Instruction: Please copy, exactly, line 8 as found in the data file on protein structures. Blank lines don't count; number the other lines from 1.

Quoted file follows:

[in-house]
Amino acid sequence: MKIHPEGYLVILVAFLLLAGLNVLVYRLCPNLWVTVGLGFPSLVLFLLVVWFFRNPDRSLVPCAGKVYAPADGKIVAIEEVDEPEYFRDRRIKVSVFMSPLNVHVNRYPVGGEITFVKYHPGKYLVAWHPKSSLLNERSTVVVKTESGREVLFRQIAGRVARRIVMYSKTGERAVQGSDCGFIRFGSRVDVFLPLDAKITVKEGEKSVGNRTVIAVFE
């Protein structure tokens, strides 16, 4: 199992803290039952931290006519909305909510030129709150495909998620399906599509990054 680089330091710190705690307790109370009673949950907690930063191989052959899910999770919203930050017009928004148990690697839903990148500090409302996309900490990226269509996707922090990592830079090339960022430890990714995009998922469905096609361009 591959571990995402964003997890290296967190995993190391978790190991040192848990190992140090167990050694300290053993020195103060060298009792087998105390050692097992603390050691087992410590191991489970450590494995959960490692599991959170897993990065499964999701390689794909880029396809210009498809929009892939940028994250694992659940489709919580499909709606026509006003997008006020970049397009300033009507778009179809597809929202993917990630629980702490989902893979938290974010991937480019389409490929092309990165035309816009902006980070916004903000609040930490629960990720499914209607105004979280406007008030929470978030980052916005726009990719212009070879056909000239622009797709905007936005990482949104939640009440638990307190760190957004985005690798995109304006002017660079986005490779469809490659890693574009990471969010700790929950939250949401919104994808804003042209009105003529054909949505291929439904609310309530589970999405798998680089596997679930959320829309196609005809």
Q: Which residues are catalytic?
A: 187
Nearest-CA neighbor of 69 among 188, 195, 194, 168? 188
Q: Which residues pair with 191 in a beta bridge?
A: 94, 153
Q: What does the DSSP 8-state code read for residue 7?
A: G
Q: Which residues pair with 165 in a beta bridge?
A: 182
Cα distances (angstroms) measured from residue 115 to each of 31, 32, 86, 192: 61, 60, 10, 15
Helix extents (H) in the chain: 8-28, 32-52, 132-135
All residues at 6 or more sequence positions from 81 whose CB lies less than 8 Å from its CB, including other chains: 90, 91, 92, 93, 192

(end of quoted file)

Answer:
A: 94, 153